Review: `Sweeney Todd’

Opened Sept. 4, 2007

Demons and all, Sweeney Todd resurrected at ACT
Three stars Merry musical mayhem

Let’s go straight for the jugular here: When it comes to Sweeney Todd: The Demon Barber of Fleet Street, the most important factor is the Stephen Sondheim score.

Directors can do their good work with the show. Harold Prince turned the original 1979 Broadway production into grand-scale opera, but the glorious music and the genius lyrics were the star. Nearly 30 years later, British director John Doyle stripped away the 27-piece orchestra and giant cast to expose, yet again, a masterful score by a musical theater composer working at the peak of his craft.

San Francisco’s American Conservatory Theater opens its 41st season with Doyle’s bare-bones Sweeney. The production is essentially the Broadway tour – a pre-stop if you will – and it’s exciting and thrilling but unfortunately flawed.

Performed in Doyle’s “actor musician’’ style, the 10 actors play their own instruments. They are cast and orchestra all at once. Why? It’s cheaper. And Doyle’s direction is so precise, and his stage pictures so arresting, it’s actually quite interesting.

The concept works largely because the performers are so dazzlingly talented and because it’s always interesting to watch people play instruments. Aside from concerts and trips to the symphony, we don’t get to see instruments played all that often.

Sondheim’s score – bolstered by Hugh Wheeler’s sturdy book, which is, in turn, based on Christopher Hampton’s 1973 play – shines in any context. Surprisingly, the actor-musician approach doesn’t slight the music. Sure, this is a chamber musical version – spare, eloquent, a little raw and messy – but it suits the madness of the story. The glorious excess of the original orchestrations is replaced by music supervisor/orchestrator Sarah Travis’ lean, attractive arrangements.

In telling the story of a deeply angry, razor-wielding barber exacting revenge on his enemies by slicing their throats and baking their remains into savory meat pies, Sondheim is writing in three basic styles.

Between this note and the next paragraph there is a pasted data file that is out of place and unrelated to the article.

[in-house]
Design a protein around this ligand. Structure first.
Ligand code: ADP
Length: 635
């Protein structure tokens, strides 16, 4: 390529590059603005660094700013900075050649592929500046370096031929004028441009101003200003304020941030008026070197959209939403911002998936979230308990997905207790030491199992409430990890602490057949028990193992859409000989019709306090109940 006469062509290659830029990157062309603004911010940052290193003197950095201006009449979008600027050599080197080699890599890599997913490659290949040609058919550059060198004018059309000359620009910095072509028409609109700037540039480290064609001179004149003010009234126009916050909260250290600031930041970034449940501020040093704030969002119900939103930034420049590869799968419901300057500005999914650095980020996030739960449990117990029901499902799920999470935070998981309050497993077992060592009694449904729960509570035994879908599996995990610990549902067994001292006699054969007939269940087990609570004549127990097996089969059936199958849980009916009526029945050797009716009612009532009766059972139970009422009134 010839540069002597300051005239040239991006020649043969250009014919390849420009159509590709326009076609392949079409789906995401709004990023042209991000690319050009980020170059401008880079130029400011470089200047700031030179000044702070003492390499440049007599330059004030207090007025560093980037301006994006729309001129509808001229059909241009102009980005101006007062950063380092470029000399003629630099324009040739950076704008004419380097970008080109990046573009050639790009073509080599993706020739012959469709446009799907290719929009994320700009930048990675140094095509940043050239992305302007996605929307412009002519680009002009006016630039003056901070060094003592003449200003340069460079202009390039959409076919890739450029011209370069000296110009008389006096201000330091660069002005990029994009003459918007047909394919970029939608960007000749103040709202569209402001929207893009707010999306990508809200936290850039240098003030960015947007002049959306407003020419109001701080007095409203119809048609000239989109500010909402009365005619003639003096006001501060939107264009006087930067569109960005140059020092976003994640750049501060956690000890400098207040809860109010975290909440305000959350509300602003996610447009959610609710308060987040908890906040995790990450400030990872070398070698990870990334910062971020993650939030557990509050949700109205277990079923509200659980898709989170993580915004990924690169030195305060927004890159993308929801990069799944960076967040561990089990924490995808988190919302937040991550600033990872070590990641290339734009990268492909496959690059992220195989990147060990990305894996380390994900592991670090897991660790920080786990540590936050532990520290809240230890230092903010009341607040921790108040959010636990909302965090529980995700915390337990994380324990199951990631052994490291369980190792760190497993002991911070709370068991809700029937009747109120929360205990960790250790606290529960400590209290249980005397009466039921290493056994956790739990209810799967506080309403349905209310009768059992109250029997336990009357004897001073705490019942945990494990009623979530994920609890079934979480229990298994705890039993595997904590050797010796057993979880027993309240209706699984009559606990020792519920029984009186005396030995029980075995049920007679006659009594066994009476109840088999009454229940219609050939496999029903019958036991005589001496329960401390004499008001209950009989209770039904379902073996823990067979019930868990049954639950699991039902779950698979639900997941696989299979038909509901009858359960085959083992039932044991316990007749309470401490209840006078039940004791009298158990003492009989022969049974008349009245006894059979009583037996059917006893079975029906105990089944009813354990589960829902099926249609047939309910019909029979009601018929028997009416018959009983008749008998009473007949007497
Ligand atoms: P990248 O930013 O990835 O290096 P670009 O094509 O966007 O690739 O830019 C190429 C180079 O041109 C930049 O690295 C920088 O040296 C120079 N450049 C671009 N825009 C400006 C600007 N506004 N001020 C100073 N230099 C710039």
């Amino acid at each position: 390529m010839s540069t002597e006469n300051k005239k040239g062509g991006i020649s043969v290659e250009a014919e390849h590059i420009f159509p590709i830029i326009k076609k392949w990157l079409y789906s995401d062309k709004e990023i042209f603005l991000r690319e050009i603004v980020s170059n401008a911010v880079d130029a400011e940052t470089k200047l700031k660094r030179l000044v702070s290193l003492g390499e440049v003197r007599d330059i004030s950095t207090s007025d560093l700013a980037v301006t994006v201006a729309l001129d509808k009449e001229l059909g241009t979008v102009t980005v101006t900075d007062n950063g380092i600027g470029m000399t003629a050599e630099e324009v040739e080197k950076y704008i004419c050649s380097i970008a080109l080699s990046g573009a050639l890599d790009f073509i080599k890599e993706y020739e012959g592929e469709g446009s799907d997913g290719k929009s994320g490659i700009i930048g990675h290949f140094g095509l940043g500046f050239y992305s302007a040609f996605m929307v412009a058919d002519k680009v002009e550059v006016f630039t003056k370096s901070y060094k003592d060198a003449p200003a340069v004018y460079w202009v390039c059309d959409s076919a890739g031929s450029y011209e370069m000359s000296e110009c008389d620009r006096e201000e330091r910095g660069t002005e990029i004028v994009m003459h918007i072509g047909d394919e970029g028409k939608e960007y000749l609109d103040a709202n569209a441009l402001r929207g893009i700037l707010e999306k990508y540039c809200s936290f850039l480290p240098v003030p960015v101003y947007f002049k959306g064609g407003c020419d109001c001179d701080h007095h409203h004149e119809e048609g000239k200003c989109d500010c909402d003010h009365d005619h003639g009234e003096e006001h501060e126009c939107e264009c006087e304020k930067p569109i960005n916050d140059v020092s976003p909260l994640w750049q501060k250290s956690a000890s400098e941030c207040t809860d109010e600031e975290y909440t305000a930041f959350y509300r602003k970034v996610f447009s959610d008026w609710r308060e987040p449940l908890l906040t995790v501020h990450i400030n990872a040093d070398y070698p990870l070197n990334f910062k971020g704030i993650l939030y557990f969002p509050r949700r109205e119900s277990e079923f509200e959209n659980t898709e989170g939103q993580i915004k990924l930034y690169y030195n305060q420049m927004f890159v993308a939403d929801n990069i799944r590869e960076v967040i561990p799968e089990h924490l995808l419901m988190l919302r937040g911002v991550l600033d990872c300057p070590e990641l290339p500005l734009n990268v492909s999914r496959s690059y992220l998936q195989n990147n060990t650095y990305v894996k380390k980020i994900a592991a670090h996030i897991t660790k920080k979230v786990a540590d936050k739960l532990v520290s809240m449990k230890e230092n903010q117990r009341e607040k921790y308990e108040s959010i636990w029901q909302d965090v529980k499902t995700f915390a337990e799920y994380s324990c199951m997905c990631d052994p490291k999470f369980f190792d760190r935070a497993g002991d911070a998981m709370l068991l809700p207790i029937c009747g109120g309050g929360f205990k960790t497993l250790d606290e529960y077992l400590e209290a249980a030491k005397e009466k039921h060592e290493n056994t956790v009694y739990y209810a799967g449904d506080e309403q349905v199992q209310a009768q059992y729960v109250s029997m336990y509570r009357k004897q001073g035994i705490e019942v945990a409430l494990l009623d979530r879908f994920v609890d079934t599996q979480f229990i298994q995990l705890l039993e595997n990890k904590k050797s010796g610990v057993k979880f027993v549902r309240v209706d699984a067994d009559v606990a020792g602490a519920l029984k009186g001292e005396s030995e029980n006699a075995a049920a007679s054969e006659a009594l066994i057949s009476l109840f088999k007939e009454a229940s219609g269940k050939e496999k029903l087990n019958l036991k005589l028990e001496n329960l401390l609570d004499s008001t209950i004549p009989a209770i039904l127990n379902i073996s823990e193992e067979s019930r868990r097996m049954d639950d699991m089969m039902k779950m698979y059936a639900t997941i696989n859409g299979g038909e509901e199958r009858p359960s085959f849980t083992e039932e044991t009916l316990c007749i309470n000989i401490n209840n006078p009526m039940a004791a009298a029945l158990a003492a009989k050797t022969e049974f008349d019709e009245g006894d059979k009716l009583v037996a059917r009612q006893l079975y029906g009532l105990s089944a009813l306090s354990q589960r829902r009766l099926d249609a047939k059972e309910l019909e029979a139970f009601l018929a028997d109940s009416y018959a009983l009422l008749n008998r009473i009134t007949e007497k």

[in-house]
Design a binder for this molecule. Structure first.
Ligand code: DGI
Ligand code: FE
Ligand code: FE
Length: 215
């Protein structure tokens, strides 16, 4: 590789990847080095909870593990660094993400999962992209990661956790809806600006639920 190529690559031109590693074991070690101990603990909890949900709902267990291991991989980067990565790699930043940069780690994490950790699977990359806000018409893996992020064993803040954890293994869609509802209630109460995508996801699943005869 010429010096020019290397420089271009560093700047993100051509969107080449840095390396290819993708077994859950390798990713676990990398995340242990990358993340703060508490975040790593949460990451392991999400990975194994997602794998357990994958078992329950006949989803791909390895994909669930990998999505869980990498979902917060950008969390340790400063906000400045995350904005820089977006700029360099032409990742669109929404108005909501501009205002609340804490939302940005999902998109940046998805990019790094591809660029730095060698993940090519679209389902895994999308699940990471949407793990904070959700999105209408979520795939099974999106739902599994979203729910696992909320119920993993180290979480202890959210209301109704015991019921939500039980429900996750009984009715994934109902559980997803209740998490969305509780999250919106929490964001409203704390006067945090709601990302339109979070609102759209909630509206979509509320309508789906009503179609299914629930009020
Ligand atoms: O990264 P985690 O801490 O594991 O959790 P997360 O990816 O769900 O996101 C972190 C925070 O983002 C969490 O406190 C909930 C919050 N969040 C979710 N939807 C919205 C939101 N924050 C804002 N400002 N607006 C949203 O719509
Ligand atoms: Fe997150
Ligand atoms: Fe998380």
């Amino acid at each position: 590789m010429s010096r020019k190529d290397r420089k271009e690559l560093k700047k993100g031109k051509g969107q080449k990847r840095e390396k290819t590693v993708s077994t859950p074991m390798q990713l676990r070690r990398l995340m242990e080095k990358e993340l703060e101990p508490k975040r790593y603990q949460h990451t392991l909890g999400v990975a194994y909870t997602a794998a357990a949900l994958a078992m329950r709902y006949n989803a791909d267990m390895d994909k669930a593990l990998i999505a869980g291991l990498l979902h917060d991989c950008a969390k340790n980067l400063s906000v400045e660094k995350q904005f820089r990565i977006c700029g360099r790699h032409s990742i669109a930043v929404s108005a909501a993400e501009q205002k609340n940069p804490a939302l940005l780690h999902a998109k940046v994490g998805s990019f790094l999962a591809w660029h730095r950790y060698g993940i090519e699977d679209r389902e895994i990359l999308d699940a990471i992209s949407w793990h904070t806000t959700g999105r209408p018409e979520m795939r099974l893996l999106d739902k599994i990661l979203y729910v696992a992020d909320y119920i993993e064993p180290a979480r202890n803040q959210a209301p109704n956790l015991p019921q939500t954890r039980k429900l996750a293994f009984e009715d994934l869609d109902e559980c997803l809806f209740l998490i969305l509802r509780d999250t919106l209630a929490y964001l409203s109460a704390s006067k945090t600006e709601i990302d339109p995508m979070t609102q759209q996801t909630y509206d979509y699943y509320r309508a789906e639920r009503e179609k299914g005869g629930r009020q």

There’s the fist-in-your-gut melodrama of “The Ballad of Sweeney Todd’’ and “City on Fire!’’ There’s the broad humor of British music hall in “The Worst Pies in London’’ and “By the Sea.’’ And there’s the lilting melodies so gorgeous you practically melt by the end of “Johanna,’’ “Pretty Women’’ and “Not While I’m Around.’’

The brilliance of “A Little Priest,’’ the Act 1 closer, puts the song in a class by itself. Sung by Sweeney and his accomplice, Mrs. Lovett, the song imagines filling meat pies with every kind of human, from vicar to fiddle player. It’s a real man-devouring-man number with the kind of humor and bit that most musicals dream of achieving.

The score is served well in Doyle’s 2 ½-hour production (music direction by David Loud), but the Gothic drama suffers.

Doyle, who also designed the rough-hewn production (though Richard G. Jones is responsible for the stark, imaginative lighting) begins the show with a vague concept: we’re in an asylum of some kind complete with straightjackets and white lab coats. It’s a shadowy idea that never really amounts to much. (Hey, kids, Marat/Sade sings Sondheim!).

This production is so sharp I desperately wanted it to slice into the show more effectively. I hoped for chills and thrills but settled for pleasant entertainment.

The cast – seven of the 10 were involved with the Broadway production – is able to shuttle between playing instruments and performing scenes, but few of the performances truly connect.

A brilliant observer (my date, actually) said it was like we were watching the understudies get ready for the big show. And that’s it exactly.

David Hess as Sweeney has scaled down his demons, which is appropriate for the chamber musical setting, but he’s never really scary enough.

Judy Kaye as Mrs. Lovett is appealing and vocally sure, but she misses laughs all over the place. There needs to be something crazy, sexy, sleazy and saintly about Mrs. Lovett, and Kaye is still finding her way through the role.

Benjamin Magnuson and Lauren Molina as the young lovers Anthony and Johanna make a strong impression with their cello duets, and the impressive Edmund Bagnell is as strong vocally as he is on the violin.

The big disappointment is Keith Buterbaugh as the evil Judge Turpin, who pulls a Woody Allen and attempts to marry his adopted daughter. Buterbaugh’s great on the trumpet, but there’s no menace in his performance. Much better at conveying smiling immorality is Benjamin Eakeley as The Beadle.

There’s brilliance in Sweeney Todd, and that comes through in this production, which is, in the end, vivid enough to keep you from missing the full production. If only the razor were sharper.

For information about Sweeney Todd: The Demon Barber of Fleet Street, visit

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